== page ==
Doronina, Yu.A. 1978. Weed plants of dry subtropical areas of Azerbaijan. In: Brezhnev, D. D., ed. Byulleten. VIR. Leningrad: VIR, p. 82-86 (in Russian).
Hulten, E. & Fries, M. 1986. Atlas of North European Vascular Plants, North of the Tropic of Cancer: Konigstein. V. 1-3. 1172 p.
Khalilova, M.KH. 1975. Some data on weeds in grain crops of Tashkent Region. In: Belova, A.I., Burygin, V.A., Kamilova, F.G., eds. Proc. of Tashkent SKHI. Tashkent: Tashkent SKHI. V. 43, p. 41-50 (in Russian)
Korovina, O.N., ed. 1981. Weed plants of wheat sowings in the USSR. In: Catalogue of VIR world collection. N 320. Leningrad: VIR, 68 p. (in Russian).
Korovina, O.N., ed. 1982. Weed plants of the Non-Chernozem Zone of Russia. In: Catalogue of VIR world collection. N 338. Leningrad: VIR, 117 p. (in Russian).
Kozlovskaya, N.V. & Simonovich, L.G. 1966. Features of weed distribution on turfy-podzol soils of Polesye region. In: Yurkevich, I.D., ed. Geobotanical research. Minsk: Nauka i tekhnika: 56-64. (in Russian).
Mal.kov, F.I. 1936. Main weeds of Turkmenistan and their control. Leningrad: VASKhNIL. 48 p. (in Russian).
Melnichuk, O.S. & Kovalivska, G.M. 1972. Atlas of the most widespread weeds of the Ukraine. Kiev: Urozhai, 204 p. (in Ukrainian).
Nikitin, V.V. & Geldikhanov, A.M. 1988. Keys to plants of Turkmenistan. Leningrad: Nauka. 680 p. (in Russian).
Nikitin, V.V. 1957. Weed vegetation of Turkmenia. Ashkhabad: AN TurkmSSR, 581 p. (in Russian).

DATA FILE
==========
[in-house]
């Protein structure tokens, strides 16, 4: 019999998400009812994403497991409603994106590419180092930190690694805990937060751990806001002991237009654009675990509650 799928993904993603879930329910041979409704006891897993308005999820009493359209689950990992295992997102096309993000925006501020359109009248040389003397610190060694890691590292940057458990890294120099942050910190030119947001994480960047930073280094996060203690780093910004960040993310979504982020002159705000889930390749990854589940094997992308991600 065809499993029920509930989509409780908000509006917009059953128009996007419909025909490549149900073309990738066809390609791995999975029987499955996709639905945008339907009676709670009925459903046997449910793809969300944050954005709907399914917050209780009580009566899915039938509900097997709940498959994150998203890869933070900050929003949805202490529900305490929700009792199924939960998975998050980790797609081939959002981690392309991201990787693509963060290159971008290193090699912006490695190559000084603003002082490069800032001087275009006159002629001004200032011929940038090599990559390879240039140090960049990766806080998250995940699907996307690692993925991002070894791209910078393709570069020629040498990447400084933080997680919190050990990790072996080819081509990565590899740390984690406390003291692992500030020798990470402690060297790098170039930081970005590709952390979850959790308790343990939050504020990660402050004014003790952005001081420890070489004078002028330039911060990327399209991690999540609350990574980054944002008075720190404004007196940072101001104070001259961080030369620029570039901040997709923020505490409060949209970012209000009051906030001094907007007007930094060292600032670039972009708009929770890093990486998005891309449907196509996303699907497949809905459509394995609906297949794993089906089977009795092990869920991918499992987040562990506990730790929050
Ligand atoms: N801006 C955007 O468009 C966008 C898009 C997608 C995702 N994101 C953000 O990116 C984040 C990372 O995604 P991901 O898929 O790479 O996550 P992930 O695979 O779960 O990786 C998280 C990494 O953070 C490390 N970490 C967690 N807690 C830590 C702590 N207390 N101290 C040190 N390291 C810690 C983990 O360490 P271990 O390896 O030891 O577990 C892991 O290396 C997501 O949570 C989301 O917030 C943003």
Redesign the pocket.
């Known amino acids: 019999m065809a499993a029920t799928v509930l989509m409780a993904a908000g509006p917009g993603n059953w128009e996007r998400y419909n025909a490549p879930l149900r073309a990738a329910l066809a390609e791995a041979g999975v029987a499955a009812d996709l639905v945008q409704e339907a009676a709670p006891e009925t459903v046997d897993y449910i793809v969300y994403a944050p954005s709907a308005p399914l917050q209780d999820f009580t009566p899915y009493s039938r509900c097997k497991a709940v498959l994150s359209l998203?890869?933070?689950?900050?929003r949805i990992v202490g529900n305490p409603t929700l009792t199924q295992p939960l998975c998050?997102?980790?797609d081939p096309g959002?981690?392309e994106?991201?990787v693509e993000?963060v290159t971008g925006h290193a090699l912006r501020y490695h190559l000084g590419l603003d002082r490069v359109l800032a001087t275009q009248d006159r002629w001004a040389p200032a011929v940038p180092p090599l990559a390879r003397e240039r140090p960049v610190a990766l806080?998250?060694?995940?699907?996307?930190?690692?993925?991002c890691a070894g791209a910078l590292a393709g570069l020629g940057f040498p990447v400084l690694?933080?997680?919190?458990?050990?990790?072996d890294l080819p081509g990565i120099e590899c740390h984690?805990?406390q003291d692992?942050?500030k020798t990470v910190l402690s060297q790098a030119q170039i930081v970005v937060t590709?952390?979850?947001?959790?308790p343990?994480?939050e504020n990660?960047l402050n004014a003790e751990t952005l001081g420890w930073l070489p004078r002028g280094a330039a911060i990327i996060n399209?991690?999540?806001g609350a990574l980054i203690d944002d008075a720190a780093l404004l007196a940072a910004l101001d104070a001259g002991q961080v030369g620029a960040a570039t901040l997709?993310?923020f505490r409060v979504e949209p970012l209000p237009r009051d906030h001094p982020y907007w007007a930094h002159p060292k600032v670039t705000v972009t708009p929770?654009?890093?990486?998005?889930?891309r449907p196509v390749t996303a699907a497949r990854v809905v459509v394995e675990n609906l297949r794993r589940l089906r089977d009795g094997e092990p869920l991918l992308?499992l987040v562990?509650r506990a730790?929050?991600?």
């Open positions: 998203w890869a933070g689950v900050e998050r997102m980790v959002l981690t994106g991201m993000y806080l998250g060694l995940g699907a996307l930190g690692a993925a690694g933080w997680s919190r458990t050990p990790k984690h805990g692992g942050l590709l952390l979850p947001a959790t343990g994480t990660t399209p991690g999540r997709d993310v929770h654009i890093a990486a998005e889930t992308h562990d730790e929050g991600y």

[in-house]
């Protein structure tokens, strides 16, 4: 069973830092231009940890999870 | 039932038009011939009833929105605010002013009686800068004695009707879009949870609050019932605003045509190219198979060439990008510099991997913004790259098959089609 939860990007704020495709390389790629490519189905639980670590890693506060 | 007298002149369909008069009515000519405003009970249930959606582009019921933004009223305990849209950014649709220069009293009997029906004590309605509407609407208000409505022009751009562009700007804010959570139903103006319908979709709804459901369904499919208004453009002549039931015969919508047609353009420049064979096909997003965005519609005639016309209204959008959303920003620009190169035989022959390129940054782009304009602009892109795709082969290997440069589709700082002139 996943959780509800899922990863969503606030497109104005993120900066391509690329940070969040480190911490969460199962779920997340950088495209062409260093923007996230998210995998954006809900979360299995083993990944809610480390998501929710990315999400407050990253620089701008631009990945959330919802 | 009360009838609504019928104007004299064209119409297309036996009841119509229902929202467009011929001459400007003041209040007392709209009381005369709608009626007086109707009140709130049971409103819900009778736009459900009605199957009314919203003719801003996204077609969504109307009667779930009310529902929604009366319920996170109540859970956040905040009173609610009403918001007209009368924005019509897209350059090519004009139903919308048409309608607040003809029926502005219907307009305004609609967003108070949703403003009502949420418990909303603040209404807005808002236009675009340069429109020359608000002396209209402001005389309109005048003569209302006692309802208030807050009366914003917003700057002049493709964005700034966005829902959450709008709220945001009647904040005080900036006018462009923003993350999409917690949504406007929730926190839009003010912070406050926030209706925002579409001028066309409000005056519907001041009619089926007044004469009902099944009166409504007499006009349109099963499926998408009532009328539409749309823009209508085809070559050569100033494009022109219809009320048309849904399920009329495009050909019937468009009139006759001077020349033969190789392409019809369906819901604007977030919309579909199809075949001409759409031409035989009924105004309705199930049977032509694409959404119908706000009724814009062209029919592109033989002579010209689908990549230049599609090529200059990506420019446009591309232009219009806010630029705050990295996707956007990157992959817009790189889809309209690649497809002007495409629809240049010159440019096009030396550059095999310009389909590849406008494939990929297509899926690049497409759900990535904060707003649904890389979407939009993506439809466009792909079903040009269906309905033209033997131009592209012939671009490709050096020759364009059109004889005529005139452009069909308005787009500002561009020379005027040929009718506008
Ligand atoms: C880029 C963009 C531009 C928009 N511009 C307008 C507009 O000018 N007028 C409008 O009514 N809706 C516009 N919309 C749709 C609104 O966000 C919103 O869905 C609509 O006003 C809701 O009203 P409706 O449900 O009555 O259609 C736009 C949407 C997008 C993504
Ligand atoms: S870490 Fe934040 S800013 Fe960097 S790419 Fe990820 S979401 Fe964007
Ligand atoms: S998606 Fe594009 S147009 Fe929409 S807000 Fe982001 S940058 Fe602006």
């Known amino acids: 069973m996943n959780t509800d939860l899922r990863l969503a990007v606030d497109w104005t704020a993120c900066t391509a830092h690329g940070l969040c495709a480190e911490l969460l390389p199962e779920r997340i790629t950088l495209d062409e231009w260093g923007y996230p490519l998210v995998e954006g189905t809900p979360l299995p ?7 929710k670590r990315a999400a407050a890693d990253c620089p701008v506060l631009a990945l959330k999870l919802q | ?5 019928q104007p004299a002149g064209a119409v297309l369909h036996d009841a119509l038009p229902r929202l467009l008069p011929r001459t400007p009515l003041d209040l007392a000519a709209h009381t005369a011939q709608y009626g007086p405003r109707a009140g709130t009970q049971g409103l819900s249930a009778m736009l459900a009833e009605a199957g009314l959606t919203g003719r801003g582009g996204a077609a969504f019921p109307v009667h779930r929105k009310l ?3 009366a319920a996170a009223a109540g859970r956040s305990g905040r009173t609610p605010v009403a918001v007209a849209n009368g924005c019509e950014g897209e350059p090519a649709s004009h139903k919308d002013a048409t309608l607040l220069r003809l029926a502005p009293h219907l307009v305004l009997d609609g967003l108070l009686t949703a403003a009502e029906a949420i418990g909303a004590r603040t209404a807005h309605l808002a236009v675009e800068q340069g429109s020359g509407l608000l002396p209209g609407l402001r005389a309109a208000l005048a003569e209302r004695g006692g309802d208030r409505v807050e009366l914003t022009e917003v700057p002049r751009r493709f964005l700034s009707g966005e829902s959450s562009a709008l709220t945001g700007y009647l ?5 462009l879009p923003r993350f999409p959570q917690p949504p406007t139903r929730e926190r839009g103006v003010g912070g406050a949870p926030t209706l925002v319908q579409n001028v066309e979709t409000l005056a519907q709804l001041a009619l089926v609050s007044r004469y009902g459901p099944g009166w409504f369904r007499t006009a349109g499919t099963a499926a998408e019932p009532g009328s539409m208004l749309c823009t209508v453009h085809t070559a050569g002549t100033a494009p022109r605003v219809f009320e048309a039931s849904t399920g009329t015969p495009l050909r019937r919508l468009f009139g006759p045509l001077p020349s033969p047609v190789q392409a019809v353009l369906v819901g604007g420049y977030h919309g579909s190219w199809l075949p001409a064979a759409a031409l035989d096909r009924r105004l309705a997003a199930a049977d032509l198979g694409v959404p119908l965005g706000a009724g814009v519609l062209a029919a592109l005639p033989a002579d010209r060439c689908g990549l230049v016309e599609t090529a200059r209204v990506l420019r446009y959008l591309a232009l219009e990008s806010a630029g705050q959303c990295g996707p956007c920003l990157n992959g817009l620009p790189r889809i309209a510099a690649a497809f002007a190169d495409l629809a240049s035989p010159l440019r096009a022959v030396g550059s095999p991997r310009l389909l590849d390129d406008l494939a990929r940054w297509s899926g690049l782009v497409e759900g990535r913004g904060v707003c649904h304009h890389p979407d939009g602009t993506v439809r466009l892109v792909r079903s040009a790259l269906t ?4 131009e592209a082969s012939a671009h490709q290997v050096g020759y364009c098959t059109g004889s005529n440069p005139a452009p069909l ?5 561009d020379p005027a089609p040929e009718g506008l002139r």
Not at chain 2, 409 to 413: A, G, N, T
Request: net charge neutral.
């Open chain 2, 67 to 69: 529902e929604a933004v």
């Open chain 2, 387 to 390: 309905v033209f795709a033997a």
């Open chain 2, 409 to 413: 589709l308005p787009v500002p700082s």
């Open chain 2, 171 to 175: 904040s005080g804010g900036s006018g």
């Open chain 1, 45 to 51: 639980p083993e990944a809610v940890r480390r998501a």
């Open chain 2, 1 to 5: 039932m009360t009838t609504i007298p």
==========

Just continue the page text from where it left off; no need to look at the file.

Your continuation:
Poyarkova, A.I., ed. 1966. Flora of the Murmansk Region. V. 5. Moscow & Leningrad: AN SSSR, 551 p. (in Russian).
Protasov, N.I. 1974. Segetal weeds of Mogilev Region. In: Ways of field crop yield increase. V. 5. Minsk: Urozhai. p. 126-128 (in Russian).
Shishkin, B.K., ed. 1963. Botanical atlas. Moscow & Leningrad: Izd-vo sel.skokhozyaistvennoi literatury, zhurnalov i plakatov, 504 p. (in Russian).
Shlyakova, E.V. 1982. Field-weed plants of the Non-Chernozem zone of RSFSR. Leningrad: Kolos. 208 p. (in Russian).
Sukhin, V.S., Moiseeva, T.M., Vasyuta, Z.R. 1983. Weed vegetation of Kyrgyzstan. Frunze: Kirghiz Agricultural Institute. 83 p. (in Russian).
Tanskii, V.I., Levitin, M.M., Ishkova, T.I. & Kondratenko, V.I. 1998. Phytosanitary diagnostics in integrated management of cereals. In: Novozhilov, K.V., ed. Compendium of methodical recommendations in plant protection. St. Petersburg: VIZR, p. 5-55. (in Russian).
Tolmachev, A.I. ed. 1977. Flora of North-East of the European part of the USSR. Leningrad: Nauka. V. 4. 312 p. (in Russian).
Vasilchenko, I.T. & Pidotti, O.A. 1975. Keys to weed plants of areas of irrigated agriculture. Leningrad: Kolos. 375 p. (in Russian).
Vasilchenko, I.T., ed. 1955. Weed plants of Tajikistan. V. 2. Moscow-Leningrad: USSR, 321 p. (in Russian).

Right and copyright:

All rights reserved. Copyright 2005 © I.N. Nadtochii & I.A. Budrevskaya.
Picture taken from monograph edited by B.K. Shishkin (1963).